As a teacher I see this often, other teachers and students trying to replicate moves they have seen in a magazine or others do in a class or at home. The only problem is they don't really know what they are doing, what they should be using and how to activate deep core muscle.
So today all you need is a small ball, or what some call a mini ball and take your time, go slow and focus more on stability than mobility. Think baby steps. A child will never learn to walk before he or she learns to stand and so on.
The need to want to work our core is ever present, and the misunderstanding that comes with that is greater that we realize. Our standard fitness tests in schools elude us to believe that speed and getting it done at all cost is the equivalent to a healthy body. Remember the sit-up test? Now I look back and I'm pretty sure that those sit-ups I was doing, while being held down by my partner had nothing to do with my core. Heck my gym teachers never even mentioned where my core was or what it was. I'm starting to wonder if they even knew. And then we take that mind set into our adult lives and retrain ourselves into this belief system, an uneducated one but none the less the mindset of no pain no gain, core work should involve flailing appendages and possibly even holding our breath at any one given point.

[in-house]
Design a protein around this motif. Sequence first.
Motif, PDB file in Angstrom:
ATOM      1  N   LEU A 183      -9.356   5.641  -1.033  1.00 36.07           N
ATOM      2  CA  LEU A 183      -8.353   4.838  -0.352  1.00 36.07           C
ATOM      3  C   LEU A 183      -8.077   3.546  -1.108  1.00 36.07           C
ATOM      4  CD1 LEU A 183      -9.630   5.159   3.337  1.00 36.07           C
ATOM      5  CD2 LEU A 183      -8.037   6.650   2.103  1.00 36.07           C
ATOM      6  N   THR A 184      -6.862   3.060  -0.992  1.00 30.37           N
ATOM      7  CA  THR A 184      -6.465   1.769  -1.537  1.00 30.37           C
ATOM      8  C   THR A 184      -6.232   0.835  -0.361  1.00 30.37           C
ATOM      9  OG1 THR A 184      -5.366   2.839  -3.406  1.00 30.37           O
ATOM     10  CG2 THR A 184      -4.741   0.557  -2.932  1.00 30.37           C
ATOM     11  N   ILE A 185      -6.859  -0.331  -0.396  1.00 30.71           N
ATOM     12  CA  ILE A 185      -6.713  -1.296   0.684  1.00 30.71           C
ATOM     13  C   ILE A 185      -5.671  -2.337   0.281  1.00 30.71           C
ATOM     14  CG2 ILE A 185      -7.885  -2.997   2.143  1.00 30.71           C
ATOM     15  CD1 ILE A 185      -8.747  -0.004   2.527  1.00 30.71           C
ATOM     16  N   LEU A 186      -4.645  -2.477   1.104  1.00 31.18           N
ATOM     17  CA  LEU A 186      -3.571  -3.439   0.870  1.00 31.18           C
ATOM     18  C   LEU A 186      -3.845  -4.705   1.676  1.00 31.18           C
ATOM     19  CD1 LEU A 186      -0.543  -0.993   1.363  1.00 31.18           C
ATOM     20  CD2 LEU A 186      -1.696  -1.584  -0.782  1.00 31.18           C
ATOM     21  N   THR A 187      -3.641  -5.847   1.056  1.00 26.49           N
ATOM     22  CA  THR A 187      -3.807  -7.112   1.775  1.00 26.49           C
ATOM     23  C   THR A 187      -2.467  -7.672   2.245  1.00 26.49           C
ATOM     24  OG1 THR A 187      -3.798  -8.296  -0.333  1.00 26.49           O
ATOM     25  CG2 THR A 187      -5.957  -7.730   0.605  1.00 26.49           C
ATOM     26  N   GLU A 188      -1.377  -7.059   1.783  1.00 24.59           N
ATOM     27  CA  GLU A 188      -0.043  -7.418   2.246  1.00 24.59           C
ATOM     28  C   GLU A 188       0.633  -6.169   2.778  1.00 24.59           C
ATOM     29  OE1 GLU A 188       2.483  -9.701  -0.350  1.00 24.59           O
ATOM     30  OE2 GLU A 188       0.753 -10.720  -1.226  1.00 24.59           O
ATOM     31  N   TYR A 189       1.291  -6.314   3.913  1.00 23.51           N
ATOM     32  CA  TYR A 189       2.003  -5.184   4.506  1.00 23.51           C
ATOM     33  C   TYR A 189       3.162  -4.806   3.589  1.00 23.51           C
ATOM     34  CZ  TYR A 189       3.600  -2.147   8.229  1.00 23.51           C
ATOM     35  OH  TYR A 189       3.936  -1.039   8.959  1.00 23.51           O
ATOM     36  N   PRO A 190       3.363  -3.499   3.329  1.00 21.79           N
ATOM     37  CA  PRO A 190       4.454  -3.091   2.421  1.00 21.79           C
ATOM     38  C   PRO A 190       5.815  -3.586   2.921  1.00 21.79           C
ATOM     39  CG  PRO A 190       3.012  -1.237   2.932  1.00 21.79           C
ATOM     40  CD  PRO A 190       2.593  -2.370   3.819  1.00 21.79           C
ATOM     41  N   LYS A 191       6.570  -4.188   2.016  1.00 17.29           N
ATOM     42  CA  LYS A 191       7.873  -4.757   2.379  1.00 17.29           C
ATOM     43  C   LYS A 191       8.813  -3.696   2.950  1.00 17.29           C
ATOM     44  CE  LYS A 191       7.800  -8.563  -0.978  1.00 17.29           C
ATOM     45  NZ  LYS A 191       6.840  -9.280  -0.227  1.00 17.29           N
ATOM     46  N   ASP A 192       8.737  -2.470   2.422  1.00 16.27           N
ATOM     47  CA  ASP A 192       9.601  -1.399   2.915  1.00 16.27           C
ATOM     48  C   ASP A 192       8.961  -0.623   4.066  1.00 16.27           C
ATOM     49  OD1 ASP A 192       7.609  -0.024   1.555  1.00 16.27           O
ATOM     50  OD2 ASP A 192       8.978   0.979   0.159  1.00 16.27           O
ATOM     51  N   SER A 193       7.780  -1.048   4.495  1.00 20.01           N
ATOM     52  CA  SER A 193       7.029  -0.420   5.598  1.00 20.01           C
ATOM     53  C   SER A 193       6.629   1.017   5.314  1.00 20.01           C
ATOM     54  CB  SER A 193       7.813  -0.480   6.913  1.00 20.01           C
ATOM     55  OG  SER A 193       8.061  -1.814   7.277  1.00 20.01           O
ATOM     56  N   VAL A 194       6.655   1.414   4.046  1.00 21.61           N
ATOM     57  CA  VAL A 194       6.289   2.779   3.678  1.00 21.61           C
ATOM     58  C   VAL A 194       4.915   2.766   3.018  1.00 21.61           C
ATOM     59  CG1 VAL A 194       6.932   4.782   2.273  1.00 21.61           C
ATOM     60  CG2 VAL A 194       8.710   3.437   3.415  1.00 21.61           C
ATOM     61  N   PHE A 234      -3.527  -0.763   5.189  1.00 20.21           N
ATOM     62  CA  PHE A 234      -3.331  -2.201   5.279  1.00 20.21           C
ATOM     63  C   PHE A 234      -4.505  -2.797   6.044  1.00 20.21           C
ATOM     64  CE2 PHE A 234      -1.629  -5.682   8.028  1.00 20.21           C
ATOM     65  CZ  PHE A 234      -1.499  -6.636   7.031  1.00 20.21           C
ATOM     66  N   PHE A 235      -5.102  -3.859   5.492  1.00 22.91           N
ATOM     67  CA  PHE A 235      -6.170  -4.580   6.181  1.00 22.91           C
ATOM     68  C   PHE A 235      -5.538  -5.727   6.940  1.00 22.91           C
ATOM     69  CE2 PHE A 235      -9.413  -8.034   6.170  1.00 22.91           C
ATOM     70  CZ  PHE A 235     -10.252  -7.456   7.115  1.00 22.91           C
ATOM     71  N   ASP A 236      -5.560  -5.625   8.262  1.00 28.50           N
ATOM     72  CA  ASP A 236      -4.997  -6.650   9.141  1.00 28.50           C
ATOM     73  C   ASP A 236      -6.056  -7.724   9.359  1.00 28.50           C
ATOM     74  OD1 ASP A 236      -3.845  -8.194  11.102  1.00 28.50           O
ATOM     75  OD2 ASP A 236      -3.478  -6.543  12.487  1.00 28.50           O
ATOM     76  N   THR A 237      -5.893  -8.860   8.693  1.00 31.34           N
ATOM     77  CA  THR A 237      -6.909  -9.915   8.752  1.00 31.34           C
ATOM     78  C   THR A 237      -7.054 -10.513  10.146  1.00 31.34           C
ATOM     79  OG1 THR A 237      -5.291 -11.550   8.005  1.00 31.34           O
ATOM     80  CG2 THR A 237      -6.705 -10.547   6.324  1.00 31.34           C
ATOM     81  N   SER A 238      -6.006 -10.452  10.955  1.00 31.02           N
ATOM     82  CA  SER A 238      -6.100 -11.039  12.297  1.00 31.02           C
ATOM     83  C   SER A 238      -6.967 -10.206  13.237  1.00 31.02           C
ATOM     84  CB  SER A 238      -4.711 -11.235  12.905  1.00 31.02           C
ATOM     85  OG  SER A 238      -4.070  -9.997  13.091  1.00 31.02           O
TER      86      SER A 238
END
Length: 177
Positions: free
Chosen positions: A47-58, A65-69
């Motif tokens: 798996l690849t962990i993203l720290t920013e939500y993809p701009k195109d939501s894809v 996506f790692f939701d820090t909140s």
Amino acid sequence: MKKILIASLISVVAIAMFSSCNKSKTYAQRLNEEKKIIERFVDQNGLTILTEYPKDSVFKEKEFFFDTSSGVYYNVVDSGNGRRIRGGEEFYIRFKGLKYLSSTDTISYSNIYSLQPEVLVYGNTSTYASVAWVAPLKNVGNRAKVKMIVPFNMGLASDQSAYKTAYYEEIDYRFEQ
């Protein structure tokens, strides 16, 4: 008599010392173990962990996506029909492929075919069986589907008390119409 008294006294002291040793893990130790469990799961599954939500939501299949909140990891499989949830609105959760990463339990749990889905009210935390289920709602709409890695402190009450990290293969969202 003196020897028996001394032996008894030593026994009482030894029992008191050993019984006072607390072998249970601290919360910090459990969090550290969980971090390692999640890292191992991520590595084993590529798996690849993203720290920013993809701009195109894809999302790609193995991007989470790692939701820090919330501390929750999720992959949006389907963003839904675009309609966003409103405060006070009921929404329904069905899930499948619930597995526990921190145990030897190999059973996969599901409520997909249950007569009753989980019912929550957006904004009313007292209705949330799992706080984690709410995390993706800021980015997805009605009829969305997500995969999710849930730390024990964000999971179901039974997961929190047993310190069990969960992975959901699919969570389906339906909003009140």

My approach to core work is slightly different where educating the student in what they are doing, why they are doing it and how to know if they are effective is the fore runners in how to approach the movement. Core work should not have to kill you and feeling something working can be as much as a good experience as it is a challenging one. So as you join me with Small Ball Heel Taps and keep in mind the pace, speed, and depth you drop your heel in this movement has nothing to do with it's effectiveness, it is all about stability before mobility then the progression of the movement.
Bracing is a concept that trumps "navel to spine". Sucking in the belly does not create stability and a stronger core. Join Hope for a quick "how to" to better understand your local layer of the core and the concept of bracing or co-contracting the core.